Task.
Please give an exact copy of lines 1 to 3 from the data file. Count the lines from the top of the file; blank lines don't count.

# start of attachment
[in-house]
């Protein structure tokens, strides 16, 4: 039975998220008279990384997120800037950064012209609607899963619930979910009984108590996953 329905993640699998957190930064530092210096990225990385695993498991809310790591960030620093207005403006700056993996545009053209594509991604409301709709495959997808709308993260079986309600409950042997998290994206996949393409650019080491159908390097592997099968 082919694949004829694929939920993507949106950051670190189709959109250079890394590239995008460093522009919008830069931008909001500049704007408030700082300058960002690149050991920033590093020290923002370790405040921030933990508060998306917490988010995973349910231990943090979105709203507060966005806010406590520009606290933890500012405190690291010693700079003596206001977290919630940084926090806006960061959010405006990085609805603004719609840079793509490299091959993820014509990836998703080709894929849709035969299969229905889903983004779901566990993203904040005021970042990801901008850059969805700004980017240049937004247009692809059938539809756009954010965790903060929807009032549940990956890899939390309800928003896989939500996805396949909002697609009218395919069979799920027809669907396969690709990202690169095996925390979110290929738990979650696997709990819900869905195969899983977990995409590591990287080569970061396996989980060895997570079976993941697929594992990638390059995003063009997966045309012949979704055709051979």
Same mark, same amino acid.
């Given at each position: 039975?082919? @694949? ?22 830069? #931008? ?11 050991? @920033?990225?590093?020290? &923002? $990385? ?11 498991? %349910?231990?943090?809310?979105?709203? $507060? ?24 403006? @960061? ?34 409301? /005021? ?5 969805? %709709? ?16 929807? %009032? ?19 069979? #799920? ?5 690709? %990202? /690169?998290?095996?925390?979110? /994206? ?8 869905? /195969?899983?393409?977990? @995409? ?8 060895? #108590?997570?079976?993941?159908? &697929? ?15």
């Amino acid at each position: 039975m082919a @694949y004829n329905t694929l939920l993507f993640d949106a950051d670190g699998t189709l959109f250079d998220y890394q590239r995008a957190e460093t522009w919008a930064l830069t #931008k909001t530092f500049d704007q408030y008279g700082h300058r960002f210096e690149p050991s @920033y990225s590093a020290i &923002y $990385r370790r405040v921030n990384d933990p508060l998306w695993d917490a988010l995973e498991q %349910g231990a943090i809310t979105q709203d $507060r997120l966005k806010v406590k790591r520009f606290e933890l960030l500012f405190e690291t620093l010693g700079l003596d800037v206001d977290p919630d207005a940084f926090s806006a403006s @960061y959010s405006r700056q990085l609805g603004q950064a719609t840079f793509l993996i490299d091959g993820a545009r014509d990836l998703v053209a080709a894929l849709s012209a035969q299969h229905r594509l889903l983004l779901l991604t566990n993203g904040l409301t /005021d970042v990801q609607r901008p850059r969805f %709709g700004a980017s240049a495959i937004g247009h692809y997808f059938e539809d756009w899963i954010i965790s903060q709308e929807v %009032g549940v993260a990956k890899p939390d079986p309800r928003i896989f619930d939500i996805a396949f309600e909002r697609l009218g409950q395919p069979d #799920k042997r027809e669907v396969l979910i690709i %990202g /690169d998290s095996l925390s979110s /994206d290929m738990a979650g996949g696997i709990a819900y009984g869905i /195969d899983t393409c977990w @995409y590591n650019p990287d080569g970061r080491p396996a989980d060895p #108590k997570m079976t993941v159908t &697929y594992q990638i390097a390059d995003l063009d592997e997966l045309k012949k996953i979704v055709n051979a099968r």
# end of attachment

[in-house]
């Protein structure tokens, strides 16, 4: 039975998220008279990384997120800037950064012209609607899963619930979910009984108590996953 329905993640699998957190930064530092210096990225990385695993498991809310790591960030620093207005403006700056993996545009053209594509991604409301709709495959997808709308993260079986309600409950042997998290994206996949393409650019080491159908390097592997099968 082919694949004829694929939920993507949106950051670190189709959109250079890394590239995008460093522009919008830069931008909001500049704007408030700082300058960002690149050991920033590093020290923002370790405040921030933990508060998306917490988010995973349910231990943090979105709203507060966005806010406590520009606290933890500012405190690291010693700079003596206001977290919630940084926090806006960061959010405006990085609805603004719609840079793509490299091959993820014509990836998703080709894929849709035969299969229905889903983004779901566990993203904040005021970042990801901008850059969805700004980017240049937004247009692809059938539809756009954010965790903060929807009032549940990956890899939390309800928003896989939500996805396949909002697609009218395919069979799920027809669907396969690709990202690169095996925390979110290929738990979650696997709990819900869905195969899983977990995409590591990287080569970061396996989980060895997570079976993941697929594992990638390059995003063009997966045309012949979704055709051979």
Same mark, same amino acid.